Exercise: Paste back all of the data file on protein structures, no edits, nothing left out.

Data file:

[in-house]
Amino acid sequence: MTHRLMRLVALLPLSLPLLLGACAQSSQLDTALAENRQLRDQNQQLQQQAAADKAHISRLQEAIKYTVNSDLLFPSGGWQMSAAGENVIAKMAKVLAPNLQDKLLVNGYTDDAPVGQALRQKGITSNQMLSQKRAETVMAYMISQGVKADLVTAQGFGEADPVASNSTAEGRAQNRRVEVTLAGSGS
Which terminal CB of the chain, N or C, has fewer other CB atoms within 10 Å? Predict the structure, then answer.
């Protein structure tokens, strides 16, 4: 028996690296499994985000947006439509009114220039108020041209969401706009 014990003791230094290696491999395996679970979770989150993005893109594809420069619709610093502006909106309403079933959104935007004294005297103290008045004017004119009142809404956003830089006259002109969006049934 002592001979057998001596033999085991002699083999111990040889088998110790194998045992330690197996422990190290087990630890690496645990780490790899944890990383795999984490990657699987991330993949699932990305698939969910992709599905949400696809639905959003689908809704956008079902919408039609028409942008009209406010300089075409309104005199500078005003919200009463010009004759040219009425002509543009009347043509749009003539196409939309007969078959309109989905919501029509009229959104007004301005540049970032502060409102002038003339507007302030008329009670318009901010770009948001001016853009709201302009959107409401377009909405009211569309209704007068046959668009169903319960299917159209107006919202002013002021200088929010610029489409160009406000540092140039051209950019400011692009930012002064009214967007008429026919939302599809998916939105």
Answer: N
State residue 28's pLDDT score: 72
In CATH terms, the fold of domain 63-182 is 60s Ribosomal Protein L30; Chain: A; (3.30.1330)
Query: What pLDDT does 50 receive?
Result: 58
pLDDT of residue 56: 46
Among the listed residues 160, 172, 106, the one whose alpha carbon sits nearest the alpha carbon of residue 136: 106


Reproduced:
[in-house]
Amino acid sequence: MTHRLMRLVALLPLSLPLLLGACAQSSQLDTALAENRQLRDQNQQLQQQAAADKAHISRLQEAIKYTVNSDLLFPSGGWQMSAAGENVIAKMAKVLAPNLQDKLLVNGYTDDAPVGQALRQKGITSNQMLSQKRAETVMAYMISQGVKADLVTAQGFGEADPVASNSTAEGRAQNRRVEVTLAGSGS
Which terminal CB of the chain, N or C, has fewer other CB atoms within 10 Å? Predict the structure, then answer.
């Protein structure tokens, strides 16, 4: 028996690296499994985000947006439509009114220039108020041209969401706009 014990003791230094290696491999395996679970979770989150993005893109594809420069619709610093502006909106309403079933959104935007004294005297103290008045004017004119009142809404956003830089006259002109969006049934 002592001979057998001596033999085991002699083999111990040889088998110790194998045992330690197996422990190290087990630890690496645990780490790899944890990383795999984490990657699987991330993949699932990305698939969910992709599905949400696809639905959003689908809704956008079902919408039609028409942008009209406010300089075409309104005199500078005003919200009463010009004759040219009425002509543009009347043509749009003539196409939309007969078959309109989905919501029509009229959104007004301005540049970032502060409102002038003339507007302030008329009670318009901010770009948001001016853009709201302009959107409401377009909405009211569309209704007068046959668009169903319960299917159209107006919202002013002021200088929010610029489409160009406000540092140039051209950019400011692009930012002064009214967007008429026919939302599809998916939105």
Answer: N
State residue 28's pLDDT score: 72
In CATH terms, the fold of domain 63-182 is 60s Ribosomal Protein L30; Chain: A; (3.30.1330)
Query: What pLDDT does 50 receive?
Result: 58
pLDDT of residue 56: 46
Among the listed residues 160, 172, 106, the one whose alpha carbon sits nearest the alpha carbon of residue 136: 106